Organizational Structure of Police Departments

By Wayne Thomas
Administrative divisions deal with personnel matters.

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To operate effectively, police departments must have a highly structured chain of command. While law enforcement agencies vary in size from small town departments to large city organizations, they share many common features.

Chief of Police

A chief officer heads up most police departments. It is the job of the chief to oversee the running of the entire department and to make important decisions, such as those related to operations and budgeting. Depending on the size of the department, there may be one or more deputy chiefs who have specific roles like managing staff.

Administration

Working under the chief, police departments typically have an administrative wing that is charged with account management, creating the annual report and handling personnel matters. This administration section is often referred to as internal affairs. There may be specialized units within the administrative sector that manage records and conduct criminal intelligence.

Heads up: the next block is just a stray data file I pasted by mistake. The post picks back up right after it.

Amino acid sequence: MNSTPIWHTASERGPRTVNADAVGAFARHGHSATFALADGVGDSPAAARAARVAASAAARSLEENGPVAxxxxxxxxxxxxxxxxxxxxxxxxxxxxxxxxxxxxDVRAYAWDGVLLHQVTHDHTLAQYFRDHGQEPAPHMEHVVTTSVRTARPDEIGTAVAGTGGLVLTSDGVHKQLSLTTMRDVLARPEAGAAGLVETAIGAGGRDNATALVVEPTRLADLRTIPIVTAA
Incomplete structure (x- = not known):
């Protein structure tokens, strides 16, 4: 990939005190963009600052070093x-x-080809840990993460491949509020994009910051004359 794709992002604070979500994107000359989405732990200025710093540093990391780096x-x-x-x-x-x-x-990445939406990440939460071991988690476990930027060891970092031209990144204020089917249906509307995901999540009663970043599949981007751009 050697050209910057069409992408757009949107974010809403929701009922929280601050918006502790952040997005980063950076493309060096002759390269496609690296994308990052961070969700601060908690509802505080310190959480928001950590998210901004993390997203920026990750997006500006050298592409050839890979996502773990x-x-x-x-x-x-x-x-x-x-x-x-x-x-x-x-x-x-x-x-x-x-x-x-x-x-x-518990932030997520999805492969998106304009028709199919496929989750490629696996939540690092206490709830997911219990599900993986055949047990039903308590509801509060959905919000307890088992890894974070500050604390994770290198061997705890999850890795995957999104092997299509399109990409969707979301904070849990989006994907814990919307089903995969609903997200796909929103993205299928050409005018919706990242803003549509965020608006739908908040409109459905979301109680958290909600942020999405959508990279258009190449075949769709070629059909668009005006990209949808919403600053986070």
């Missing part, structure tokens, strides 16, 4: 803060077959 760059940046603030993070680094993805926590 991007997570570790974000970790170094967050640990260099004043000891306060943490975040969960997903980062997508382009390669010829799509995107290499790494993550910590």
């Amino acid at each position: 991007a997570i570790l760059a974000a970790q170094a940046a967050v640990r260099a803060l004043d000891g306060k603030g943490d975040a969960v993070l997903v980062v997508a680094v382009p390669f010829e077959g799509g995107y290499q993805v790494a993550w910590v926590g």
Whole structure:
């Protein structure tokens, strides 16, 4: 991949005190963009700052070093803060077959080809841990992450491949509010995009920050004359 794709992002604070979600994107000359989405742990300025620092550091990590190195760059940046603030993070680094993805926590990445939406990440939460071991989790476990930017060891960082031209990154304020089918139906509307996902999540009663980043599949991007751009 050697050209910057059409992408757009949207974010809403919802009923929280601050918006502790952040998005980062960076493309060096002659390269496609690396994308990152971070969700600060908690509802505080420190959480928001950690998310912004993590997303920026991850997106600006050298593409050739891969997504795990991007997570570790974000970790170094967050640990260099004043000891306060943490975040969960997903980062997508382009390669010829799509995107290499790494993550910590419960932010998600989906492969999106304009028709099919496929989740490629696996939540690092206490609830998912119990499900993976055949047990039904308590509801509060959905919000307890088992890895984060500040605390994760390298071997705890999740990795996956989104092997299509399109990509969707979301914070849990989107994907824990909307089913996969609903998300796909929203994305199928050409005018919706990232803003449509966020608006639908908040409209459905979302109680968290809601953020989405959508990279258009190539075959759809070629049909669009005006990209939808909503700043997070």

Patrol Officers and Investigators

In a separate division serving under the chief of police are the patrol officers. The patrol officers are assigned to work specific shifts and locations, typically determined by staff sergeants. Patrol officers focus on crime prevention and respond to calls by citizens. In addition to patrol officers, investigative units are typically assigned to specific types of cases, such as vice or homicide. These officers follow leads on unsolved crimes, execute warrants and provide inspections for certain regulated industries like pawn shops.

About the Author

Wayne Thomas earned his J.D. from Penn State University and has been practicing law since 2008. He has experience writing about environmental topics, music and health, as well as legal issues. Since 2011, Thomas has also served as a contributing editor for the "Vermont Environmental Monitor."

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